The authorities are ready to make sure that the World Cup netball tournament, which starts in Cape Town on Friday, runs smoothly and without any untoward incidents.
The National Joint Operational and Intelligence Structure (NatJoints), which consists of various government departments, led by the police, the South African National Defense Force (SANW) and the State Security Agency (SSA), has plans ready to ensure the safety of the netball players and visitors .
“A priority committee under the auspices of NatJoints working closely with Netball SA, the Department of Sport, Arts and Culture and the City of Cape Town’s Directorate for Safety and Security met regularly with relevant role players to develop the security plan for the World Cup Netball Tournament. developed,” confirms Brig. Athlenda Mathe, police spokesperson.
“This essential security approach is to establish security measures, limit the impact of any incidents that occur through contingency planning and limit the likelihood of incidents occurring before, during and after the netball tournament.”
The security plan includes plans to ensure the teams’ general safety as well as safety at their accommodation, the routes travelled, city security, safety at the venues and crowd management.
“We maintain a high visibility of police officers on foot and vehicle patrols during the tournament. The presence of law enforcement officers for the duration of this World Cup will serve to enhance day-to-day policing in all the identified areas.”
Traffic disruption can be expected in the vicinity of the Cape Town International Convention Center (Kiks), where the tournament will take place from today until August 6, given the large number of delegates attending. Motorists are advised that some streets around the center will either be closed or the flow of traffic will be restricted for the duration of the netball tournament.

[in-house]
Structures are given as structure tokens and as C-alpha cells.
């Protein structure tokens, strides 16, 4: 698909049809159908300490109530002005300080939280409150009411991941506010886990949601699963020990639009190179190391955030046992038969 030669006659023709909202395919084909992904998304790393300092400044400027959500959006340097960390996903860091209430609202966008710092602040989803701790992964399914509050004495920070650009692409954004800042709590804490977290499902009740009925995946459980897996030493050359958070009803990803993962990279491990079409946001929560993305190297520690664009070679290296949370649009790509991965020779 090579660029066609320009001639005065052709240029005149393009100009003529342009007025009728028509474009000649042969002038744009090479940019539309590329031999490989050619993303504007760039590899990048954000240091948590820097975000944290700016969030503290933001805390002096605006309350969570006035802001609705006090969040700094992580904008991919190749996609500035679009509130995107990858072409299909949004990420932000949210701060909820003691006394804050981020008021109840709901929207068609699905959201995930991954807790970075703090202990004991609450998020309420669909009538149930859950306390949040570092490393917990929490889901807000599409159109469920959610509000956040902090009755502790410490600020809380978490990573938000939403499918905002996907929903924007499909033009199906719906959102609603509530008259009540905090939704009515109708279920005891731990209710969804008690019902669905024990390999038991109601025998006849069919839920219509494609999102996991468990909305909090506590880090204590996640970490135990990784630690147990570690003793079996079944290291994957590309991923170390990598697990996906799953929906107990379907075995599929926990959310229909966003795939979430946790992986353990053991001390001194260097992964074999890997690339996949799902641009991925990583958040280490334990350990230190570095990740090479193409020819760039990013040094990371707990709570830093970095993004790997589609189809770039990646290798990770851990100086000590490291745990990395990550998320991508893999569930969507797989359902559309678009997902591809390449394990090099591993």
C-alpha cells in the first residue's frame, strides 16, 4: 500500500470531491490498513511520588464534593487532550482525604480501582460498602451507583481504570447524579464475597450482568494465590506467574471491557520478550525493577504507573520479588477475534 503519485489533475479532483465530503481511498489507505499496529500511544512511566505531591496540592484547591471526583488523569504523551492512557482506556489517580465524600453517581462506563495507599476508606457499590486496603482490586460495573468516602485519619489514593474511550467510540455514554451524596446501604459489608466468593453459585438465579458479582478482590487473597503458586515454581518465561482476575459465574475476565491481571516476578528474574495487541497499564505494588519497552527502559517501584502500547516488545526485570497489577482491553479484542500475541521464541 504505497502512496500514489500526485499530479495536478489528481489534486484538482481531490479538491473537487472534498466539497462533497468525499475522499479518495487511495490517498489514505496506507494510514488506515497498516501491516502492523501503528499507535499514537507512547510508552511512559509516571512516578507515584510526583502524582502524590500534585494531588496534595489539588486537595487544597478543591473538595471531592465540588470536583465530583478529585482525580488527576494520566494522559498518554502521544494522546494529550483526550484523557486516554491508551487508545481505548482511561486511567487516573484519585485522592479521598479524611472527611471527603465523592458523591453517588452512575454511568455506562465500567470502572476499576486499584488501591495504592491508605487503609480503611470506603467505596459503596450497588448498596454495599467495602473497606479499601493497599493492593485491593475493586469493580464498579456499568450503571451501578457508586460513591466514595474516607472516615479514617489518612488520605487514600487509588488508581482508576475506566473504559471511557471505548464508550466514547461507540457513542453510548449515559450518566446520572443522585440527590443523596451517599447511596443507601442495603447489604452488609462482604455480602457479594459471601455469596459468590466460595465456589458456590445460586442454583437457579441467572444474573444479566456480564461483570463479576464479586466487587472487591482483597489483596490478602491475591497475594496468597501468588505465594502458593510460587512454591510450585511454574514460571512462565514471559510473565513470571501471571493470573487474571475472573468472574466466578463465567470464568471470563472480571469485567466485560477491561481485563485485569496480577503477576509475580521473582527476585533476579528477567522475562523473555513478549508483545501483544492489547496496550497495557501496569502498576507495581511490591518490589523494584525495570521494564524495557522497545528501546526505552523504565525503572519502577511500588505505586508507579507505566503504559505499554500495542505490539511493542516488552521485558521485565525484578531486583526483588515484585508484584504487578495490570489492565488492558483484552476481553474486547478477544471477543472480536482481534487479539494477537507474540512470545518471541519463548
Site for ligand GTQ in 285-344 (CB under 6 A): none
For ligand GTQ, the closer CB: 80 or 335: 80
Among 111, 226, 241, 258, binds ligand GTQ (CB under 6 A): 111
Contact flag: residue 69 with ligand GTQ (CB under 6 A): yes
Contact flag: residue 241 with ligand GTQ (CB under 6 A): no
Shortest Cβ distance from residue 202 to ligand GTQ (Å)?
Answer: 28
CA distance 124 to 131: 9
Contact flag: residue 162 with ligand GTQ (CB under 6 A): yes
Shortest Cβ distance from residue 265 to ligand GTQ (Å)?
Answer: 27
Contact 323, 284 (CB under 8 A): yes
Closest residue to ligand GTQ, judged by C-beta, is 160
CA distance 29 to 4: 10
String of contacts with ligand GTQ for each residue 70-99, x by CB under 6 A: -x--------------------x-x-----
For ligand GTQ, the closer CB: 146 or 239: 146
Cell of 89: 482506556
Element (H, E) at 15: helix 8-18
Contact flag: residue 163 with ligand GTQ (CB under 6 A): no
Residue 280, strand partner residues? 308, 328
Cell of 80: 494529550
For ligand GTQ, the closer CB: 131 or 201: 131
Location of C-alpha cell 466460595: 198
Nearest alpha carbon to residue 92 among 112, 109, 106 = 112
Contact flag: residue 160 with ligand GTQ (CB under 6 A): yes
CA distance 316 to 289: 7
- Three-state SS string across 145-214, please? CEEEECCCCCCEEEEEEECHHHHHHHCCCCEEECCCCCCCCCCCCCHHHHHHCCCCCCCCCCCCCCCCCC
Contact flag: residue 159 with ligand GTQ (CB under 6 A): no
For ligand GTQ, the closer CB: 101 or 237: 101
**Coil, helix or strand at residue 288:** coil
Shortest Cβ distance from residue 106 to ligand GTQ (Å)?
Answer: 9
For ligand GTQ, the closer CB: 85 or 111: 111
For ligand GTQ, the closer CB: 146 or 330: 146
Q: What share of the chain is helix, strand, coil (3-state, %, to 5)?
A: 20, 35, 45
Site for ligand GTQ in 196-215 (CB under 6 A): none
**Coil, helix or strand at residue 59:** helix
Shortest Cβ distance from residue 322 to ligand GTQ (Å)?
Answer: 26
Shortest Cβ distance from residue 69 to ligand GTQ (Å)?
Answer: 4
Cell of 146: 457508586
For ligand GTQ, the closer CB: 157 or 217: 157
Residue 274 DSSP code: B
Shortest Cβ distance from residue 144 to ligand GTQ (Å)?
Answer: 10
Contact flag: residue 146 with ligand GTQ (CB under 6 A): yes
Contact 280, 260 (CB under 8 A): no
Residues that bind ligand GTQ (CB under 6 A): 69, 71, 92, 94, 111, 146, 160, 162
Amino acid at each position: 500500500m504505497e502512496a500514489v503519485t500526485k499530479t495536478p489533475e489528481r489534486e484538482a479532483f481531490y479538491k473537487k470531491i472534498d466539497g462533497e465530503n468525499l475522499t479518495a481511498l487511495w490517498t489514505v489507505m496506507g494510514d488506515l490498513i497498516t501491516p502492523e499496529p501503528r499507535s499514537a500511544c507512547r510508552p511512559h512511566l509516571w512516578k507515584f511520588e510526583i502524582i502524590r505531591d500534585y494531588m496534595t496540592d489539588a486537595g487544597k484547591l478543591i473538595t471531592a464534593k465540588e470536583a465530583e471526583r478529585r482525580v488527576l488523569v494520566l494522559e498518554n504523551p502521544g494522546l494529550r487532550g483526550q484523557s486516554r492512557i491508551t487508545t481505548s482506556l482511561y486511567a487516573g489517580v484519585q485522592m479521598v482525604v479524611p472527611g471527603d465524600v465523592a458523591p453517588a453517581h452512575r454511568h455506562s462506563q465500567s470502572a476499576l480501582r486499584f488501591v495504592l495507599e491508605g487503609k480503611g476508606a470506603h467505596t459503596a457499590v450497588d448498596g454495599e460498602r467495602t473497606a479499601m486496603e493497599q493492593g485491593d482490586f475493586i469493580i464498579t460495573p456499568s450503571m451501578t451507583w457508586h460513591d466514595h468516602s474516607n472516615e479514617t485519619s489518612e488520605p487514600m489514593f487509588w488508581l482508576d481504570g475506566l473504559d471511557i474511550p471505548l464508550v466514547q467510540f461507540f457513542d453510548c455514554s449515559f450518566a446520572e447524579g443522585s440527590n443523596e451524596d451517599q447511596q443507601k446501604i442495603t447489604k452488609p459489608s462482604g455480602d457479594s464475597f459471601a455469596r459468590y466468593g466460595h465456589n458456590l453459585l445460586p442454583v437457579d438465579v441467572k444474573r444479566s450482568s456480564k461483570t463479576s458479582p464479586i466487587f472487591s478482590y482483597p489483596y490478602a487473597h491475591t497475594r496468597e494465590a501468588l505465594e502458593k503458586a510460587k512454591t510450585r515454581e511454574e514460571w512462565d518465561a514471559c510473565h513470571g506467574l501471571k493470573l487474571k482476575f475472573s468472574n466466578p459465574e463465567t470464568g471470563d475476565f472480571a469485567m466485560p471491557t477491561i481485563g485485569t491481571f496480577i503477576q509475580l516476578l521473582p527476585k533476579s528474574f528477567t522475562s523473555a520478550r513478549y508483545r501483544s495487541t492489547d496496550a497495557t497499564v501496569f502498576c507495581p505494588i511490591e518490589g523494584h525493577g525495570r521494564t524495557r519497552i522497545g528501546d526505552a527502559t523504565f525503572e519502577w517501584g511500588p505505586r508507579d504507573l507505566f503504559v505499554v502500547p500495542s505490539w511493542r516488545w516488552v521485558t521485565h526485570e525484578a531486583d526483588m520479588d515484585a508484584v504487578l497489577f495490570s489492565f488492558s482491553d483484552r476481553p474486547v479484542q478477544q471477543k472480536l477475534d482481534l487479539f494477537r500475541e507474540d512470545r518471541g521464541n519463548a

Only accredited persons and vehicles will be allowed inside restricted areas. “Therefore, people who have not yet been accredited, including the media, are requested to make the necessary arrangements to obtain their accreditation.”
A few days ago, the captain of the Jamaica netball team, Jhaniele Fowler, took to social media to raise her concerns about safety after the player’s money was stolen from her purse in the hotel where the team is staying.
She wrote on Instagram that she does not feel safe in South Africa.
NatJoints confirmed during a media conference on Thursday that the incident had not been reported and that an investigation could not be launched without a statement from Fowler.
JP Smith, the City of Cape Town’s mayoral committee member for safety and security, says the city is aware of the alleged theft and says they are waiting for further details about the incident.
According to Smith, the city’s law enforcement agencies, metro police and disaster risk management center and fire and rescue services will be on standby along with the police.
“Apart from personnel deployed as part of the event security plan, this deployment also includes 100 additional law enforcement personnel who were deployed to the Cape Town city center a year ago, as well as the 70 members of the tourism security unit, which is funded by the provincial government,” said Smith.
“As part of the city’s contributions, vehicle and foot patrols have been deployed, vehicle checkpoints have been established, the use of our CCTV network has been made available to monitor the event and ongoing law enforcement will take place.”
According to Smith, the netball tournament is a major economic investment and if it goes well, it could attract future major events to the city.
While the city is using so many resources to secure the event, they are also calling on the public to help by reporting any incidents to the city’s public emergency communications center by contacting 021 480 7700.